“I developed a relentless passion for consumer advocacy and chose to focus my efforts on the American market. So, I seized the opportunity to meet an industry need by self-funding an informative, user friendly website,” she added.

Sounds like Vestal is on-target and apace with women in the millennium who have become “movers and shakers” in their varied fields of choice: https://bestsmallventure.com/business-ideas-for-women/

Prior to relocating to Texas, Vestal held her own in the Maryland market as a successful appraiser. She holds nearly two decades of industry experience and is a Texas State licensed real estate appraiser who recently passed the state’s realtor’s exam.

Gynell Vestal



She is married to Scott Vestal, a football coach for Rice University’s athletic program, and they reside in Houston with their five-year-old son.

A commemorative anniversary luncheon was held Thursday, October 17, 2019 at  Maggianos Little Italy in Houston where Vestal hosted an intimate gathering of colleagues and friends whose dedication and support have been integral to her annual success.See the source image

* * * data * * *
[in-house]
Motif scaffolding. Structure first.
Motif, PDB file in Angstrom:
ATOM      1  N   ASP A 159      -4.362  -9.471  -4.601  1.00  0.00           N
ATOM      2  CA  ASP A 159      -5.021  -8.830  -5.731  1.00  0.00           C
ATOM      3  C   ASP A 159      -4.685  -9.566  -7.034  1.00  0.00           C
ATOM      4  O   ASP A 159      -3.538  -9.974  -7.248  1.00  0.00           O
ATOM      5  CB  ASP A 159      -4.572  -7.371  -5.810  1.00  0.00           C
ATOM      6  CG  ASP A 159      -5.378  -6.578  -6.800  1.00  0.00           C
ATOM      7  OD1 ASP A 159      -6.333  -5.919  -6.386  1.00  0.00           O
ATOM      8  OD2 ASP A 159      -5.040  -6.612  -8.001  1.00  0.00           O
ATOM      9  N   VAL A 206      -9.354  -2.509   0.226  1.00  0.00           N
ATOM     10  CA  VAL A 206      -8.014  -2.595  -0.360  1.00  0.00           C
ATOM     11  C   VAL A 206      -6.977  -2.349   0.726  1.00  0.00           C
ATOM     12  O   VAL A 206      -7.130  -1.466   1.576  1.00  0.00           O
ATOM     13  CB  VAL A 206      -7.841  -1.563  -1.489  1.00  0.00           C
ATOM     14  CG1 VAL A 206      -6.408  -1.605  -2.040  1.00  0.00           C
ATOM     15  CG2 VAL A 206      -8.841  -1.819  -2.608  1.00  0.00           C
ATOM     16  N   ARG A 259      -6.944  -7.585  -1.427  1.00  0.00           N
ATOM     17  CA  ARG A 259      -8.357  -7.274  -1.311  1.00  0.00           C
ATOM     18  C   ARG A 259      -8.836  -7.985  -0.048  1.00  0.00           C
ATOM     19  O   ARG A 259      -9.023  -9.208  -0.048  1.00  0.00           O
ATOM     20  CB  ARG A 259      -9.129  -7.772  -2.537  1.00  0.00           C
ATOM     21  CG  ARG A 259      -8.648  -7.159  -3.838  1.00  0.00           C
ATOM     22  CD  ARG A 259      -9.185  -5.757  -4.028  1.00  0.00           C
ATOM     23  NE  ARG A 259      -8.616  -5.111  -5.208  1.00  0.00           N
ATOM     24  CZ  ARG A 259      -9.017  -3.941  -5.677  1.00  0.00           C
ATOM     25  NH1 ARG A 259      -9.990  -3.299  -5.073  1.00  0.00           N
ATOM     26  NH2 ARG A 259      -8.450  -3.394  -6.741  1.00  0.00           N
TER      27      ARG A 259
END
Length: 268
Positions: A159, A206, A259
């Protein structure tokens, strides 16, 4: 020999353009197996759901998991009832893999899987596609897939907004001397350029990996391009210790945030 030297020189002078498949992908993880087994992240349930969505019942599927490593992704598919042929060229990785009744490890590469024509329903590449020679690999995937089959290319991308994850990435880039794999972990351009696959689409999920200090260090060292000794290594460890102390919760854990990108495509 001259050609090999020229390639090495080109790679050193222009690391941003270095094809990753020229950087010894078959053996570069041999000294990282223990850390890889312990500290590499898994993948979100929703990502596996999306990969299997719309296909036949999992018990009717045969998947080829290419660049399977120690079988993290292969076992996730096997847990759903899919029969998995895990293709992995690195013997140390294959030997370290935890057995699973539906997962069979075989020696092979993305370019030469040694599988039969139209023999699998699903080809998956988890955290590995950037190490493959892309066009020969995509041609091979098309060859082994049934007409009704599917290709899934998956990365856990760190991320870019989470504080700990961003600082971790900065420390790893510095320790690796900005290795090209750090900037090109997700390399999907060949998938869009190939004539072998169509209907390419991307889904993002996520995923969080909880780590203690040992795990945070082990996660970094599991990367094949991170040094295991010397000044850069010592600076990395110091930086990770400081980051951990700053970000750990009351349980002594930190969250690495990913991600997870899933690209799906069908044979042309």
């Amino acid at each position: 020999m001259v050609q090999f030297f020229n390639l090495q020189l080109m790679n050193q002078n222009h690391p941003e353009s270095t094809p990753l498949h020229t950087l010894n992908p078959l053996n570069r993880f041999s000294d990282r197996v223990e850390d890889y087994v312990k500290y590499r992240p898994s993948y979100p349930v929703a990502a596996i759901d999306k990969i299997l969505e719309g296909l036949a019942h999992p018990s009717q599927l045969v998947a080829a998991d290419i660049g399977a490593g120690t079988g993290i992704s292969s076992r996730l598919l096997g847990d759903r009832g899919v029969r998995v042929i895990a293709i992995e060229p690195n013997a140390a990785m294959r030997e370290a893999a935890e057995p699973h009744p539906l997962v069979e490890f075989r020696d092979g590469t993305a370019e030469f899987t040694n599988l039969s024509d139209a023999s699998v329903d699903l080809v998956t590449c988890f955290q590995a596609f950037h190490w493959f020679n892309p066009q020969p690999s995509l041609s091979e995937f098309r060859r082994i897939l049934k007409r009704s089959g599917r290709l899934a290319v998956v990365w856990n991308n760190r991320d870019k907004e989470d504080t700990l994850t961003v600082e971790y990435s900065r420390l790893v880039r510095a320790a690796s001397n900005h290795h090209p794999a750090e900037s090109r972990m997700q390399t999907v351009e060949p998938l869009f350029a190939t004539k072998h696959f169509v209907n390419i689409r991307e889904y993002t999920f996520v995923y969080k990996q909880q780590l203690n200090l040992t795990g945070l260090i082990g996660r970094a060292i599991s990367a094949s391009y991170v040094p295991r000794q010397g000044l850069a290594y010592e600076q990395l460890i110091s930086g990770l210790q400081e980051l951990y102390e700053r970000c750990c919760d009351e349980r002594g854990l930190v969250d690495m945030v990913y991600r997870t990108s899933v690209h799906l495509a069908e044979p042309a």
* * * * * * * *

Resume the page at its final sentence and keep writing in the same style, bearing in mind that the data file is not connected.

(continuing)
As previously stated, Vestal self-funds consumerhomevalue.com in addition to augmenting costs with a thriving sponsorship campaign that offers local, regional, and national industry professionals an opportunity to showcase their success as realtors, serves as blog features blogs and profile spotlights, and receive light- speed digital exposure in a space with a projected target audience of 10,000 views per month.

Who’s got next?

See the source image

(Contact Pauline Rick at 972-922-5442 for more information)


Maggiano’s customized the perfect menu for the anniversary gathering in the “Piedmont Room” of Houston’s “Galleria” 2019 Post Oak Blvd. location. https://locations.maggianos.com/texas/houston/

If you think the pictures were perfect, the appetizers and entrees were divine! And of course there was dessert, but we apparently ate those photographs! (Think Tiramisu and Chocolate Zucotto Cake).